Greasy smoke rose on the shore in front of them, over the blasted trees, the sandbags keeping the river back. There was commotion there, figures coming to frantic life in front of the small brick buildings. A new plume of fire, a gas can going up. The low thud of its ignition reached them a second later. There was no other sound until they reached the land and Sunny Jim leapt over the sandbags as Reverend Bauxite churned the water with his oar, fixing the yellow boat in the current. Then they could hear the wailing and shouting, the cries of agitated animals. A voice through a bullhorn. Reverend Bauxite stood and stepped to shore. They brought the boat over together.
“Just then, on the river,” Reverend Bauxite said. “What did you see?” But Sunny Jim was already moving beyond him. The line to Aline, the line to Aaron, pulling him in opposed directions. These cords that God makes, Reverend Bauxite thought, we stand holding one end while they run taut into the darkness. We are connected, to what, we do not know. But if we put the frayed ends up to our ears, we can hear voices.
On the frontage road next to the river, a bomb had made a truck bloom into a metal lily, the sides peeled back and out. Tires melted into asphalt. Things on fire around it. A few old, dark trees, bright with flame. The wooden poles and tarps from vegetable stands, charred and ashen. The vegetables themselves. Twenty-seven corpses, four of them horses, three children. A line of cars, flames painting them gray. The occupying army’s outpost was blackened, but not enough to take the graffito off the side: THERE’S NO PLACE LIKE HARRISBURG, PA. A mustachioed captain tried to restore order with the bullhorn. Calm down, everyone, please calm down. But they would not be calmed, for their families were dead. The front of the war had come to Harrisburg and stayed for months, a malevolent hurricane, beyond what they thought nature would ever allow, before it moved on. They had survived all of that, thought after it ended that they would be safe. Thought that once they had lived to see it go, they would keep on living.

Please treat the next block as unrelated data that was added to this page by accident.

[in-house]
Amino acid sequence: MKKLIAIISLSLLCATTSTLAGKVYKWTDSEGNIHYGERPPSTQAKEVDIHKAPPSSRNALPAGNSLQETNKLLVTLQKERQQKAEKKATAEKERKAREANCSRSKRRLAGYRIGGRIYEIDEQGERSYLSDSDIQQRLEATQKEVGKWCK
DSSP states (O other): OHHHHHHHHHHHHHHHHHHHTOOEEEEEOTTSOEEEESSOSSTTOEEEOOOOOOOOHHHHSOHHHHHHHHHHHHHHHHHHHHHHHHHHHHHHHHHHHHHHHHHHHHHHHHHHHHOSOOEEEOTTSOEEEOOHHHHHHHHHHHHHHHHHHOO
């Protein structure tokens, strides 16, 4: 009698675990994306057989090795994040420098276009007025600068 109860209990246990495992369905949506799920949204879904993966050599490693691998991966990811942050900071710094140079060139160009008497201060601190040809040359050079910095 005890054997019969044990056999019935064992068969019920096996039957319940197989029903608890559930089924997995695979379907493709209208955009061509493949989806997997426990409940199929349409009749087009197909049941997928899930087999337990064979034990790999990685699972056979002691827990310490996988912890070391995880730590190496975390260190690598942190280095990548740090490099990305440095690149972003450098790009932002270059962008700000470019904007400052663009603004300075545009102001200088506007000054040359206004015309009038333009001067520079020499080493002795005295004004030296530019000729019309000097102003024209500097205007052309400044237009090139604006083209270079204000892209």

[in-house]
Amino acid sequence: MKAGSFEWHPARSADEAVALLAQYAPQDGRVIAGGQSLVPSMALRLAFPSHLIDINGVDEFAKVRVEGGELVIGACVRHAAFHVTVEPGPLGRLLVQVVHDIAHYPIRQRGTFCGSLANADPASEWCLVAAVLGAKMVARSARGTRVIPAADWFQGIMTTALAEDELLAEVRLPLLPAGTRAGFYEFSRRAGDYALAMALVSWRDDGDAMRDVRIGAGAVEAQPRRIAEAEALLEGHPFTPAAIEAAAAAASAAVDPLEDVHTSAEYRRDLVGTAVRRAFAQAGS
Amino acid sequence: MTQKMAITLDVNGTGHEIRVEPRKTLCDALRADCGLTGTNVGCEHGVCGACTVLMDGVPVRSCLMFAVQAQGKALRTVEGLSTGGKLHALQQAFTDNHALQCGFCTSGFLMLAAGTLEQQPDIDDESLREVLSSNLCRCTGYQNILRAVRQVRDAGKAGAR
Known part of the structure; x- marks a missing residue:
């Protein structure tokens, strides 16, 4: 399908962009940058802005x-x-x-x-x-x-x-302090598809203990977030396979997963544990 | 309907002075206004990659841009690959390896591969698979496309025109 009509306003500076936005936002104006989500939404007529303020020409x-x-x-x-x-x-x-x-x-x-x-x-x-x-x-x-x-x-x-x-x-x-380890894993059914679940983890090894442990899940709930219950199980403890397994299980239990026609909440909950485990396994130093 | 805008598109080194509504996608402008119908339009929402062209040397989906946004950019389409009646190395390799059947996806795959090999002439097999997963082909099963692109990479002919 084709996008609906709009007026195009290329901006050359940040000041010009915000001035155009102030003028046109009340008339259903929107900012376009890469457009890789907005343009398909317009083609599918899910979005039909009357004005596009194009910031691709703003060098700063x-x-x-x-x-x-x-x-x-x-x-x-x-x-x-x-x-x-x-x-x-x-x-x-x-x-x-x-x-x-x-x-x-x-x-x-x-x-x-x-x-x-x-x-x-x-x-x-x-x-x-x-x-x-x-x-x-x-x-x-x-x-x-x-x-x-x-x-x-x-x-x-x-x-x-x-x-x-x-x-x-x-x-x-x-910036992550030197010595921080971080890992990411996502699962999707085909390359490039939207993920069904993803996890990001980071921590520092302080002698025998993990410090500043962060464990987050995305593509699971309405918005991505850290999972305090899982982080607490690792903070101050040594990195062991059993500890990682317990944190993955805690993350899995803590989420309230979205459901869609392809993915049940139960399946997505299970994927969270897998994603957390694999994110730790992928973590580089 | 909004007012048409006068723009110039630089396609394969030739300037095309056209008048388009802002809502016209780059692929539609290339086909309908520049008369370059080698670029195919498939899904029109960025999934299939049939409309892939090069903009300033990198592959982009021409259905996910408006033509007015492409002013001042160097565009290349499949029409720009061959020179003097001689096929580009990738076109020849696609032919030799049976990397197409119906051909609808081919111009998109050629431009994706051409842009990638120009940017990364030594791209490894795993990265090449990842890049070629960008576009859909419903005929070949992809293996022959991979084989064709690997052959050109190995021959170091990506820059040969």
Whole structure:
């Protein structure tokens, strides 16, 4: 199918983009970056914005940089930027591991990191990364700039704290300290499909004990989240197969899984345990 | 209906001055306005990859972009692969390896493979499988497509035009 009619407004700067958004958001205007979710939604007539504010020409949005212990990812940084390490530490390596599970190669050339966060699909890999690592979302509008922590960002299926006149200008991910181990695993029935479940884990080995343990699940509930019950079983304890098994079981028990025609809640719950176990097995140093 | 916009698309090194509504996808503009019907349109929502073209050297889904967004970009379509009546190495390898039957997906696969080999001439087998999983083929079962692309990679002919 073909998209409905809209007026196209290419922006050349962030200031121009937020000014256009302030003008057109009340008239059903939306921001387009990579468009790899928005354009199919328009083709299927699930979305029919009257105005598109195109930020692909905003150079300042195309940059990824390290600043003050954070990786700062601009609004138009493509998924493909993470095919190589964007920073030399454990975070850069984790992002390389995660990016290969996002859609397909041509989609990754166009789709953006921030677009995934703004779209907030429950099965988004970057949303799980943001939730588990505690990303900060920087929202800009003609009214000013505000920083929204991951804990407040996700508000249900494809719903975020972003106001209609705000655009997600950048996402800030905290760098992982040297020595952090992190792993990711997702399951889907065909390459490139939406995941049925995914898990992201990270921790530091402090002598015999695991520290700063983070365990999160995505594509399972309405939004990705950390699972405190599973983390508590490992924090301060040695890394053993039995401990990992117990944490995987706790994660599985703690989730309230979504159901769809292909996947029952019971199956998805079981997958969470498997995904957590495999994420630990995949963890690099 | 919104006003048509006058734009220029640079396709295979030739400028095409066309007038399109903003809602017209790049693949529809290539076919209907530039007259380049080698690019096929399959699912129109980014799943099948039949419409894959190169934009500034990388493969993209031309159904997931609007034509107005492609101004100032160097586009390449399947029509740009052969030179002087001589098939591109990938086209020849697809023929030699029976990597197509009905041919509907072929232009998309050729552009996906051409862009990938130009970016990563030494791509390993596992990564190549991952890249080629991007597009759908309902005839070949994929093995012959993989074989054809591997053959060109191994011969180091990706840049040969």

Sunny Jim and Reverend Bauxite found a crate of food, unwatched, unmolested enough to eat. Picked it up, heads down. Tried not to draw the soldiers’ attention. But the grief around them was too much. Reverend Bauxite approached the families, bowed over the bodies, covered them with cloth. Closed his eyes, uttered words of general benediction. Rest eternal grant to them, O Lord, and let light perpetual shine upon them. May their souls, and the souls of all the departed, through the mercy of God, rest in peace. He did not know what the grieving believed, did not wish to send the dead where they did not want to go. But he believed that his deity was generous, would be a guide. A dim flame in dark woods. He bowed his head again as the faces of the families turned skyward, listening for news, for the last thoughts in the heads of the dead, set free and swirling around them like leaves. They never really go. They are always here. With me. And now with you.